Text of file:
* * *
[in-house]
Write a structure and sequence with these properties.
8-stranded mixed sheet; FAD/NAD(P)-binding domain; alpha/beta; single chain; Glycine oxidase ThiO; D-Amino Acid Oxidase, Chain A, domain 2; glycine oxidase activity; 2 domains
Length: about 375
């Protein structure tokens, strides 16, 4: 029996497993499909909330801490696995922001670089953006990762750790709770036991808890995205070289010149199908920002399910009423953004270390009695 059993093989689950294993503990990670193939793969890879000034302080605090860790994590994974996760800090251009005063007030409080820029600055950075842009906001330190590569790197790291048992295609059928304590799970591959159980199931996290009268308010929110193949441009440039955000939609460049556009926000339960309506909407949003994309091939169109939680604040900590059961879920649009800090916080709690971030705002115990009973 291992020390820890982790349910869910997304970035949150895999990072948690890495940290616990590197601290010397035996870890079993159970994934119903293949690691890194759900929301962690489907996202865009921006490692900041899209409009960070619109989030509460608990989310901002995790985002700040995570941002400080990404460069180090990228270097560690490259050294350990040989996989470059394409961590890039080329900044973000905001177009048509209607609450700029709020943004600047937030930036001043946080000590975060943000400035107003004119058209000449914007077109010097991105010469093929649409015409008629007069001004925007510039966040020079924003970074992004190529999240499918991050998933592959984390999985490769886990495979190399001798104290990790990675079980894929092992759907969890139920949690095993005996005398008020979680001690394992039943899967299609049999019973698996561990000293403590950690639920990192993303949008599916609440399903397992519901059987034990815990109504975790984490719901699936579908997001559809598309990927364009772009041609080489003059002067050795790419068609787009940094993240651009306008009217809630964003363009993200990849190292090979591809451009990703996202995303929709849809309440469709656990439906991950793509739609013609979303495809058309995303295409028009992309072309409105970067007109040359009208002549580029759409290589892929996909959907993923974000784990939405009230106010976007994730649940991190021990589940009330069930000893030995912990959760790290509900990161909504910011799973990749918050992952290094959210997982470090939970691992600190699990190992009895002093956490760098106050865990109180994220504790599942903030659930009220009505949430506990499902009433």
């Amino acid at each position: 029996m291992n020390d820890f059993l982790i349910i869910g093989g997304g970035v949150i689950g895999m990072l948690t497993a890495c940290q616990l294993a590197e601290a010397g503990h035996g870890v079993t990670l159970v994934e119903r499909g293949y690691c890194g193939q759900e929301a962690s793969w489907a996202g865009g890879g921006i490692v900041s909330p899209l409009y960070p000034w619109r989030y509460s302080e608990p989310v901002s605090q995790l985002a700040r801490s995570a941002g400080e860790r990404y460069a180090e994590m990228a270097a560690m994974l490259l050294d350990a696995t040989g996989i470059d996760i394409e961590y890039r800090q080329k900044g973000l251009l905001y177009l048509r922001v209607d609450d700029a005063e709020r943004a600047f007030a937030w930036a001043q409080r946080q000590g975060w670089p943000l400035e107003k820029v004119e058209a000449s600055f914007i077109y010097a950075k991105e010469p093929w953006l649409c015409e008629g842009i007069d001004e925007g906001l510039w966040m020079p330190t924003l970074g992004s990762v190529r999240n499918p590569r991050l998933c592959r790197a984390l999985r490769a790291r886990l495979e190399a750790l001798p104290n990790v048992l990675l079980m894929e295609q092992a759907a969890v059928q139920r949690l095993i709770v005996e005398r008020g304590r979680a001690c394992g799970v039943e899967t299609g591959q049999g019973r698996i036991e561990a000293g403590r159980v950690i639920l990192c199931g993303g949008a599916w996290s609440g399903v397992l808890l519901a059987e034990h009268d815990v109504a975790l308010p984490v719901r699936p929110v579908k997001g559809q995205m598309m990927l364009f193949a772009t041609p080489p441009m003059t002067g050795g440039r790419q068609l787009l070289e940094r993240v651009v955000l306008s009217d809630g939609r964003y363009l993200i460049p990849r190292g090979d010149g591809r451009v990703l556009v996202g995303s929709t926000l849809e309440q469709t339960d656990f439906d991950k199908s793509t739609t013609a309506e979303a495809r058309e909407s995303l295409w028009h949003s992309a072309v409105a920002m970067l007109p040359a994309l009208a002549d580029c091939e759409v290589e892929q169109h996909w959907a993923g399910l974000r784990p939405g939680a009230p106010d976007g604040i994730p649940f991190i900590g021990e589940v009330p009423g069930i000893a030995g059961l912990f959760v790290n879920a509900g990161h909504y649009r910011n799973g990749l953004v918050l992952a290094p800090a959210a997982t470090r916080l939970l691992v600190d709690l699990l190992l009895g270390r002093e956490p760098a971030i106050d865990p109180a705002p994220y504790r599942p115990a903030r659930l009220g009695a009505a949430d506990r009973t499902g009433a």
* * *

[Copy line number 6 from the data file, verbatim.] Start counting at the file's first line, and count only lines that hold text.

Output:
């Amino acid at each position: 029996m291992n020390d820890f059993l982790i349910i869910g093989g997304g970035v949150i689950g895999m990072l948690t497993a890495c940290q616990l294993a590197e601290a010397g503990h035996g870890v079993t990670l159970v994934e119903r499909g293949y690691c890194g193939q759900e929301a962690s793969w489907a996202g865009g890879g921006i490692v900041s909330p899209l409009y960070p000034w619109r989030y509460s302080e608990p989310v901002s605090q995790l985002a700040r801490s995570a941002g400080e860790r990404y460069a180090e994590m990228a270097a560690m994974l490259l050294d350990a696995t040989g996989i470059d996760i394409e961590y890039r800090q080329k900044g973000l251009l905001y177009l048509r922001v209607d609450d700029a005063e709020r943004a600047f007030a937030w930036a001043q409080r946080q000590g975060w670089p943000l400035e107003k820029v004119e058209a000449s600055f914007i077109y010097a950075k991105e010469p093929w953006l649409c015409e008629g842009i007069d001004e925007g906001l510039w966040m020079p330190t924003l970074g992004s990762v190529r999240n499918p590569r991050l998933c592959r790197a984390l999985r490769a790291r886990l495979e190399a750790l001798p104290n990790v048992l990675l079980m894929e295609q092992a759907a969890v059928q139920r949690l095993i709770v005996e005398r008020g304590r979680a001690c394992g799970v039943e899967t299609g591959q049999g019973r698996i036991e561990a000293g403590r159980v950690i639920l990192c199931g993303g949008a599916w996290s609440g399903v397992l808890l519901a059987e034990h009268d815990v109504a975790l308010p984490v719901r699936p929110v579908k997001g559809q995205m598309m990927l364009f193949a772009t041609p080489p441009m003059t002067g050795g440039r790419q068609l787009l070289e940094r993240v651009v955000l306008s009217d809630g939609r964003y363009l993200i460049p990849r190292g090979d010149g591809r451009v990703l556009v996202g995303s929709t926000l849809e309440q469709t339960d656990f439906d991950k199908s793509t739609t013609a309506e979303a495809r058309e909407s995303l295409w028009h949003s992309a072309v409105a920002m970067l007109p040359a994309l009208a002549d580029c091939e759409v290589e892929q169109h996909w959907a993923g399910l974000r784990p939405g939680a009230p106010d976007g604040i994730p649940f991190i900590g021990e589940v009330p009423g069930i000893a030995g059961l912990f959760v790290n879920a509900g990161h909504y649009r910011n799973g990749l953004v918050l992952a290094p800090a959210a997982t470090r916080l939970l691992v600190d709690l699990l190992l009895g270390r002093e956490p760098a971030i106050d865990p109180a705002p994220y504790r599942p115990a903030r659930l009220g009695a009505a949430d506990r009973t499902g009433a």